18. ^ Website of the Institute and Museum for the History of Medicine, University of Zurich
  19. ^ Staff Writer. "Chiropractic medicine". University website. University of Zurich. Retrieved January 30, 2014. 
  20. ^ "THES – QS World University Rankings 2009 – top universities".  
  21. ^ QS World University Rankings – 2014. Top Universities (August 22, 2015). Retrieved on September 7, 2013.
  22. ^ "The 377 leading higher education institutions in 2009". International Professional Ranking of Higher Education Institutions.  
  23. ^ "URAP – University Ranking by Academic Performance". URAP. December 2014. Retrieved February 15, 2011. 
  24. ^
  25. ^ "Handelsblatt Ranking Betriebswirtschaftslehre 2009". Handelsblatt. Retrieved November 11, 2013. 

See also

External links

  • Union of students' associations of the University of Zurich
  • The Ranking Forum of Swiss Universities
This article was sourced from Creative Commons Attribution-ShareAlike License; additional terms may apply. World Heritage Encyclopedia content is assembled from numerous content providers, Open Access Publishing, and in compliance with The Fair Access to Science and Technology Research Act (FASTR), Wikimedia Foundation, Inc., Public Library of Science, The Encyclopedia of Life, Open Book Publishers (OBP), PubMed, U.S. National Library of Medicine, National Center for Biotechnology Information, U.S. National Library of Medicine, National Institutes of Health (NIH), U.S. Department of Health & Human Services, and, which sources content from all federal, state, local, tribal, and territorial government publication portals (.gov, .mil, .edu). Funding for and content contributors is made possible from the U.S. Congress, E-Government Act of 2002.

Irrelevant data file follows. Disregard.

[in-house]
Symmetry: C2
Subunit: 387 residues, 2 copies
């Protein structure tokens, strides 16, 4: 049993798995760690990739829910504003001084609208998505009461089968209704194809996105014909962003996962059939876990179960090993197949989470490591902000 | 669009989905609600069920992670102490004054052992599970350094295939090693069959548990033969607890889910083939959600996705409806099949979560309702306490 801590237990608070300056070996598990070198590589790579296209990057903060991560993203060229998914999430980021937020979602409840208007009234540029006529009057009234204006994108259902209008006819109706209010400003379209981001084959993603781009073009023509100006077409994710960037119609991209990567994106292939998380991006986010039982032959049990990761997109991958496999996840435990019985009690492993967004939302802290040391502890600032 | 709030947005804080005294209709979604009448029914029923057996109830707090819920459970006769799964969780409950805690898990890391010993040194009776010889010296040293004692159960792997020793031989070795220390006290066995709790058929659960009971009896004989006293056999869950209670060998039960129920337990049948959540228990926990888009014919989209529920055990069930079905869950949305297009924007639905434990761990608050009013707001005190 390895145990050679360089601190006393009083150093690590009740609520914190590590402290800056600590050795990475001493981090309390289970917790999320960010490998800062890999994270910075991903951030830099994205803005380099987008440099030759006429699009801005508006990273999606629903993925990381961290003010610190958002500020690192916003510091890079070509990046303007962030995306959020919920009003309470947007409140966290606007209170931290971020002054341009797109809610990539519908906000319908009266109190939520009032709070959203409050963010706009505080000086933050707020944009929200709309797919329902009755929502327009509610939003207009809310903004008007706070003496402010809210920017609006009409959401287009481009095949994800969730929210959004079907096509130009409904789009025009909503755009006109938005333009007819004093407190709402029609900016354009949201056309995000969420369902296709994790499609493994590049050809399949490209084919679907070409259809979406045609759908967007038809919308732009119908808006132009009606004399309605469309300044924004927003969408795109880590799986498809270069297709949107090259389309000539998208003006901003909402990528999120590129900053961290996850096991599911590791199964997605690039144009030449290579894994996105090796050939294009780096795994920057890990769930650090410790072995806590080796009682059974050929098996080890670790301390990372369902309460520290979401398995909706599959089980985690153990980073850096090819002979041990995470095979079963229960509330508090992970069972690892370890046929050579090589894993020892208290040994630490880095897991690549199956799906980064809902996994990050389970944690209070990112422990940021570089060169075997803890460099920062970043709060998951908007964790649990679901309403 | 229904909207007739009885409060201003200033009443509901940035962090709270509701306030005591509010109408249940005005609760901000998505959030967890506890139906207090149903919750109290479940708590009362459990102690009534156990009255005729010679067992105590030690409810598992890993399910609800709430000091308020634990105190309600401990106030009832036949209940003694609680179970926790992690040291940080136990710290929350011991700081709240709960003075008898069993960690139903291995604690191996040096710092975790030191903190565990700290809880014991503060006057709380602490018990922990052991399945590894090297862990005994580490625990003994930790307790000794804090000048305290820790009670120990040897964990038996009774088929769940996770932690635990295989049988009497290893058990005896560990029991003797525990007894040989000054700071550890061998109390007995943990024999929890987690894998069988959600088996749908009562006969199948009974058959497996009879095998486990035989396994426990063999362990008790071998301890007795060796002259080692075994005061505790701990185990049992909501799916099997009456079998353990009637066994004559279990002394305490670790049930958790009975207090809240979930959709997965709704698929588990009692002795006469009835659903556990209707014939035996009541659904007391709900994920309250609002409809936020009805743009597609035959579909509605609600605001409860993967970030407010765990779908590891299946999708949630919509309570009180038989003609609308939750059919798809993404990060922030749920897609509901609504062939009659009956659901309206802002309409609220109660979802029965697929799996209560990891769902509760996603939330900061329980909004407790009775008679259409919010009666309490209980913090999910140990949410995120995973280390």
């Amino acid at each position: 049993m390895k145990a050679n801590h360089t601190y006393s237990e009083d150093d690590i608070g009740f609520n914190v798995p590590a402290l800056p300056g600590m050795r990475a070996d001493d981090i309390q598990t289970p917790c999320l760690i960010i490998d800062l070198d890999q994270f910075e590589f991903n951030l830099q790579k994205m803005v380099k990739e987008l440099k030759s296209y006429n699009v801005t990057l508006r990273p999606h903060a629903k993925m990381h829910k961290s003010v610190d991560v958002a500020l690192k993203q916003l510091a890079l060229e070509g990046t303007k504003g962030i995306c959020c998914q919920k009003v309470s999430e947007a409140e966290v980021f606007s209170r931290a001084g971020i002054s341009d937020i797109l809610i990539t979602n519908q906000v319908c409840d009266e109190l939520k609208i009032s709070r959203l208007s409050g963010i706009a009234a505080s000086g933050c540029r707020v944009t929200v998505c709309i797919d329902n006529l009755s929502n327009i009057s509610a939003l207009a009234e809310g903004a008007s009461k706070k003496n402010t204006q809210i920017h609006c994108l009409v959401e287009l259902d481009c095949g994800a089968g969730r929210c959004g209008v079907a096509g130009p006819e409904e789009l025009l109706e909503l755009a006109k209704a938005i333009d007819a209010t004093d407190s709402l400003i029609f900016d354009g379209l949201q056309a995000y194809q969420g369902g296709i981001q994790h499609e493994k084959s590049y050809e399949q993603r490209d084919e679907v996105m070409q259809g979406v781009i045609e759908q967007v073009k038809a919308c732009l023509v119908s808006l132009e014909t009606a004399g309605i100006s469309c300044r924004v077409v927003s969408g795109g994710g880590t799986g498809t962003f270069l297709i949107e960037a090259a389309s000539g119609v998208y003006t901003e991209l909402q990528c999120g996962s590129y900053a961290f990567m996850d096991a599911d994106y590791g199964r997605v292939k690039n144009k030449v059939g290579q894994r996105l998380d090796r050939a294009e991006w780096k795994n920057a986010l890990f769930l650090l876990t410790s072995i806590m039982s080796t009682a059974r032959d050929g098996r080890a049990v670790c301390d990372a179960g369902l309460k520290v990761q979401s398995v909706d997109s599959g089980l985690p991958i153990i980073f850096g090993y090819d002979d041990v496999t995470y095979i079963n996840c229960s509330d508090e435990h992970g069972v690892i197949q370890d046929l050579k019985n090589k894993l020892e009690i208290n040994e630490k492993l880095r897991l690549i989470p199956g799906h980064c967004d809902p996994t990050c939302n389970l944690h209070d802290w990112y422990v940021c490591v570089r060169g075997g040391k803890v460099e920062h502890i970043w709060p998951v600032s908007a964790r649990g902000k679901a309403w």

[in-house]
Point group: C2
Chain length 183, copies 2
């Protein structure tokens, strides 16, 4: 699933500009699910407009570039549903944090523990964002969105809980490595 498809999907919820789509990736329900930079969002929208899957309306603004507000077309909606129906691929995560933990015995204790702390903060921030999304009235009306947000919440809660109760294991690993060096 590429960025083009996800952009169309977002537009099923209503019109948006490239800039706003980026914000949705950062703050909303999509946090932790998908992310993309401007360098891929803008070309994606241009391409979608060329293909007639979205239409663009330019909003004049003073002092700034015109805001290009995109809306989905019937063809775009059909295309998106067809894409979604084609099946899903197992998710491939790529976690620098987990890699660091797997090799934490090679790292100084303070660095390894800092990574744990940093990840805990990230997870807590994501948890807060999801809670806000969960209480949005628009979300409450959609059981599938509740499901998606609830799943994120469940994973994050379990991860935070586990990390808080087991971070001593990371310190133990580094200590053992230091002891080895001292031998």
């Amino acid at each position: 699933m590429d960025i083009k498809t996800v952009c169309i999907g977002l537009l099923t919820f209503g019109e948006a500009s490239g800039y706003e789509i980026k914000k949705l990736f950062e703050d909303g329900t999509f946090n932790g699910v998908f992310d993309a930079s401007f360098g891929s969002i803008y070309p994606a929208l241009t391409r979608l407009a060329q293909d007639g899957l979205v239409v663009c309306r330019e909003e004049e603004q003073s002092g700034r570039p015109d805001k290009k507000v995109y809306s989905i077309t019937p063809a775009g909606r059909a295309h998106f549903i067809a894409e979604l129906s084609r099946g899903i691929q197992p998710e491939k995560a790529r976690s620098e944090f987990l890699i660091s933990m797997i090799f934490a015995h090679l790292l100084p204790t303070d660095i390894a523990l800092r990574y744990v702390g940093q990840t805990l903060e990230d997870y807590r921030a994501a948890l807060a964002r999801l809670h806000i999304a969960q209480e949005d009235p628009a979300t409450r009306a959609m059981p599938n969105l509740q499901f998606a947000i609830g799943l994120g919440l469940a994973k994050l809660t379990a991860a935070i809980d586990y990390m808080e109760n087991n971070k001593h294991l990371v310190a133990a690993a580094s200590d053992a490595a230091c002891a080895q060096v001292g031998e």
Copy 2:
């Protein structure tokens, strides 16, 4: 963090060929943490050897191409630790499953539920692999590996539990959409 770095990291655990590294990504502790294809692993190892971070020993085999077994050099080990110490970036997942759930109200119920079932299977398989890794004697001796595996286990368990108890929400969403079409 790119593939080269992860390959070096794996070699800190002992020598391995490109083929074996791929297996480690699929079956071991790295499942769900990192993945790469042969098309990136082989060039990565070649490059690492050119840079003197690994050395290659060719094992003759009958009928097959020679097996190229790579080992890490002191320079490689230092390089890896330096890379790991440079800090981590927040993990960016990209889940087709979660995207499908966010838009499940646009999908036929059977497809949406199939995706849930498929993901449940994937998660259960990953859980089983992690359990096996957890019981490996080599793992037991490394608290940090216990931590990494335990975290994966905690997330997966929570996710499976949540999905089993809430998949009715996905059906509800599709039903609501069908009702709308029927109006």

Crowd sourced content that is contributed to World Heritage Encyclopedia is peer reviewed and edited by our editorial staff to ensure quality scholarly research articles.
By using this site, you agree to the Terms of Use and Privacy Policy. World Heritage Encyclopedia™ is a registered trademark of the World Public Library Association, a non-profit organization.

Copyright © World Library Foundation. All rights reserved. eBooks from Project Gutenberg are sponsored by the World Library Foundation,
a 501c(4) Member's Support Non-Profit Organization, and is NOT affiliated with any governmental agency or department.